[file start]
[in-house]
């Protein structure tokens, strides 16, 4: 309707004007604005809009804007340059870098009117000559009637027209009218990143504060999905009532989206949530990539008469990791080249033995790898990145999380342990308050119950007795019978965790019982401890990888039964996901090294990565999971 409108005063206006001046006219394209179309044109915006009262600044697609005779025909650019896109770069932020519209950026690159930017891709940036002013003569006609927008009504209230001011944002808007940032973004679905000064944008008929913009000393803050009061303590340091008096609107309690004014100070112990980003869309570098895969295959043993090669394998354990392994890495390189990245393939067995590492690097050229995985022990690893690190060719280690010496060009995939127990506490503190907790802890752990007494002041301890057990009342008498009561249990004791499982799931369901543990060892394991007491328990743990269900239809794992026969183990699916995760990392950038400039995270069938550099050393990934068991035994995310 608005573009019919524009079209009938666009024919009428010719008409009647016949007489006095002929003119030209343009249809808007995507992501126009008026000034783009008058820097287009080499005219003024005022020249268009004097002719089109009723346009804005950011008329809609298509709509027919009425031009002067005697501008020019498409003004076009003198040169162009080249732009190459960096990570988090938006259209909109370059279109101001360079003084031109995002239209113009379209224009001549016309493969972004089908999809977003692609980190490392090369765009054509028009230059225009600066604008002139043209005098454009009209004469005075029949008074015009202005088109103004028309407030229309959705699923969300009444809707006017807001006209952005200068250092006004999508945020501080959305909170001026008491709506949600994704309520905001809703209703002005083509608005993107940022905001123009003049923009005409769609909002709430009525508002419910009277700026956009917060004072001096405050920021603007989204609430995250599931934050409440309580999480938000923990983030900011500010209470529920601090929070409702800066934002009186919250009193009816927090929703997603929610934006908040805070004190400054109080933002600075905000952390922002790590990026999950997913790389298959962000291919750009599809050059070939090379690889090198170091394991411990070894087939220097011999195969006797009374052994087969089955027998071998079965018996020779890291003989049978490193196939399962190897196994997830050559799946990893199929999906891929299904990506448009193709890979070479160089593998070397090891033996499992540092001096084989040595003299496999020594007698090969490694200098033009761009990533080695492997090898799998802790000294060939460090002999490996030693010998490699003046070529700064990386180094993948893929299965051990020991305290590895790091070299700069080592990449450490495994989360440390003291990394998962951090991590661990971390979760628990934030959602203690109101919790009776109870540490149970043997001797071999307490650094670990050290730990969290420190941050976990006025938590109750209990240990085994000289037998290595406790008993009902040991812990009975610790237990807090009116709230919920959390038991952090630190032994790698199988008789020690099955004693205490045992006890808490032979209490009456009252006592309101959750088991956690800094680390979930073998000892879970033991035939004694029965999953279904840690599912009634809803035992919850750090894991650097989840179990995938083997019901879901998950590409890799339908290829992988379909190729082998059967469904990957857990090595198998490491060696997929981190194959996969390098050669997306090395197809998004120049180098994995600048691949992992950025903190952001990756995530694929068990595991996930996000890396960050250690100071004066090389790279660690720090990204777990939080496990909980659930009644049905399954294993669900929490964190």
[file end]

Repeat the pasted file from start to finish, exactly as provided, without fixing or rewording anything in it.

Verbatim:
[in-house]
């Protein structure tokens, strides 16, 4: 309707004007604005809009804007340059870098009117000559009637027209009218990143504060999905009532989206949530990539008469990791080249033995790898990145999380342990308050119950007795019978965790019982401890990888039964996901090294990565999971 409108005063206006001046006219394209179309044109915006009262600044697609005779025909650019896109770069932020519209950026690159930017891709940036002013003569006609927008009504209230001011944002808007940032973004679905000064944008008929913009000393803050009061303590340091008096609107309690004014100070112990980003869309570098895969295959043993090669394998354990392994890495390189990245393939067995590492690097050229995985022990690893690190060719280690010496060009995939127990506490503190907790802890752990007494002041301890057990009342008498009561249990004791499982799931369901543990060892394991007491328990743990269900239809794992026969183990699916995760990392950038400039995270069938550099050393990934068991035994995310 608005573009019919524009079209009938666009024919009428010719008409009647016949007489006095002929003119030209343009249809808007995507992501126009008026000034783009008058820097287009080499005219003024005022020249268009004097002719089109009723346009804005950011008329809609298509709509027919009425031009002067005697501008020019498409003004076009003198040169162009080249732009190459960096990570988090938006259209909109370059279109101001360079003084031109995002239209113009379209224009001549016309493969972004089908999809977003692609980190490392090369765009054509028009230059225009600066604008002139043209005098454009009209004469005075029949008074015009202005088109103004028309407030229309959705699923969300009444809707006017807001006209952005200068250092006004999508945020501080959305909170001026008491709506949600994704309520905001809703209703002005083509608005993107940022905001123009003049923009005409769609909002709430009525508002419910009277700026956009917060004072001096405050920021603007989204609430995250599931934050409440309580999480938000923990983030900011500010209470529920601090929070409702800066934002009186919250009193009816927090929703997603929610934006908040805070004190400054109080933002600075905000952390922002790590990026999950997913790389298959962000291919750009599809050059070939090379690889090198170091394991411990070894087939220097011999195969006797009374052994087969089955027998071998079965018996020779890291003989049978490193196939399962190897196994997830050559799946990893199929999906891929299904990506448009193709890979070479160089593998070397090891033996499992540092001096084989040595003299496999020594007698090969490694200098033009761009990533080695492997090898799998802790000294060939460090002999490996030693010998490699003046070529700064990386180094993948893929299965051990020991305290590895790091070299700069080592990449450490495994989360440390003291990394998962951090991590661990971390979760628990934030959602203690109101919790009776109870540490149970043997001797071999307490650094670990050290730990969290420190941050976990006025938590109750209990240990085994000289037998290595406790008993009902040991812990009975610790237990807090009116709230919920959390038991952090630190032994790698199988008789020690099955004693205490045992006890808490032979209490009456009252006592309101959750088991956690800094680390979930073998000892879970033991035939004694029965999953279904840690599912009634809803035992919850750090894991650097989840179990995938083997019901879901998950590409890799339908290829992988379909190729082998059967469904990957857990090595198998490491060696997929981190194959996969390098050669997306090395197809998004120049180098994995600048691949992992950025903190952001990756995530694929068990595991996930996000890396960050250690100071004066090389790279660690720090990204777990939080496990909980659930009644049905399954294993669900929490964190």